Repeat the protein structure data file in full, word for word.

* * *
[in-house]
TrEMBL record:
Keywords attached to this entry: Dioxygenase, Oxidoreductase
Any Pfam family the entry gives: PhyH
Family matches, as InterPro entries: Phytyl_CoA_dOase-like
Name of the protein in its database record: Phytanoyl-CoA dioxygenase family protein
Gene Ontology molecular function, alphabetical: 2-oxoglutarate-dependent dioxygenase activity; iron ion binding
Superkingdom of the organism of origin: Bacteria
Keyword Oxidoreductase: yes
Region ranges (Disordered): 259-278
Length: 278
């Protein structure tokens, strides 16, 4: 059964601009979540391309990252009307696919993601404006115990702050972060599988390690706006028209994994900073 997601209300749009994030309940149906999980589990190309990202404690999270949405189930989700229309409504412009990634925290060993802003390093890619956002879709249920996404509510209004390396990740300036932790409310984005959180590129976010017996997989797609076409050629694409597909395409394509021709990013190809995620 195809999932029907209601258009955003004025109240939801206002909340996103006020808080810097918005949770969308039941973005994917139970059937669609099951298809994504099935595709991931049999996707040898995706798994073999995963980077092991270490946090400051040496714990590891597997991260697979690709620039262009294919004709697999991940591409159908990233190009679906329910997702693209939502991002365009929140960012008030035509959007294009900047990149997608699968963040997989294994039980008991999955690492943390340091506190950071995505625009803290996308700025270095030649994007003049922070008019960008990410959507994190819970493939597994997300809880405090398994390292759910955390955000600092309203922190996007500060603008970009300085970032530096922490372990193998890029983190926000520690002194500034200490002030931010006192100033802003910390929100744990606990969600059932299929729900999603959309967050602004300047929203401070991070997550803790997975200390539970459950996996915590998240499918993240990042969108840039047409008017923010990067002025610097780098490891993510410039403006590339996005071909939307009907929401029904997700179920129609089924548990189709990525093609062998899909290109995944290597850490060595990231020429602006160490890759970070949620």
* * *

[in-house]
TrEMBL record:
Keywords attached to this entry: Dioxygenase, Oxidoreductase
Any Pfam family the entry gives: PhyH
Family matches, as InterPro entries: Phytyl_CoA_dOase-like
Name of the protein in its database record: Phytanoyl-CoA dioxygenase family protein
Gene Ontology molecular function, alphabetical: 2-oxoglutarate-dependent dioxygenase activity; iron ion binding
Superkingdom of the organism of origin: Bacteria
Keyword Oxidoreductase: yes
Region ranges (Disordered): 259-278
Length: 278
């Protein structure tokens, strides 16, 4: 059964601009979540391309990252009307696919993601404006115990702050972060599988390690706006028209994994900073 997601209300749009994030309940149906999980589990190309990202404690999270949405189930989700229309409504412009990634925290060993802003390093890619956002879709249920996404509510209004390396990740300036932790409310984005959180590129976010017996997989797609076409050629694409597909395409394509021709990013190809995620 195809999932029907209601258009955003004025109240939801206002909340996103006020808080810097918005949770969308039941973005994917139970059937669609099951298809994504099935595709991931049999996707040898995706798994073999995963980077092991270490946090400051040496714990590891597997991260697979690709620039262009294919004709697999991940591409159908990233190009679906329910997702693209939502991002365009929140960012008030035509959007294009900047990149997608699968963040997989294994039980008991999955690492943390340091506190950071995505625009803290996308700025270095030649994007003049922070008019960008990410959507994190819970493939597994997300809880405090398994390292759910955390955000600092309203922190996007500060603008970009300085970032530096922490372990193998890029983190926000520690002194500034200490002030931010006192100033802003910390929100744990606990969600059932299929729900999603959309967050602004300047929203401070991070997550803790997975200390539970459950996996915590998240499918993240990042969108840039047409008017923010990067002025610097780098490891993510410039403006590339996005071909939307009907929401029904997700179920129609089924548990189709990525093609062998899909290109995944290597850490060595990231020429602006160490890759970070949620």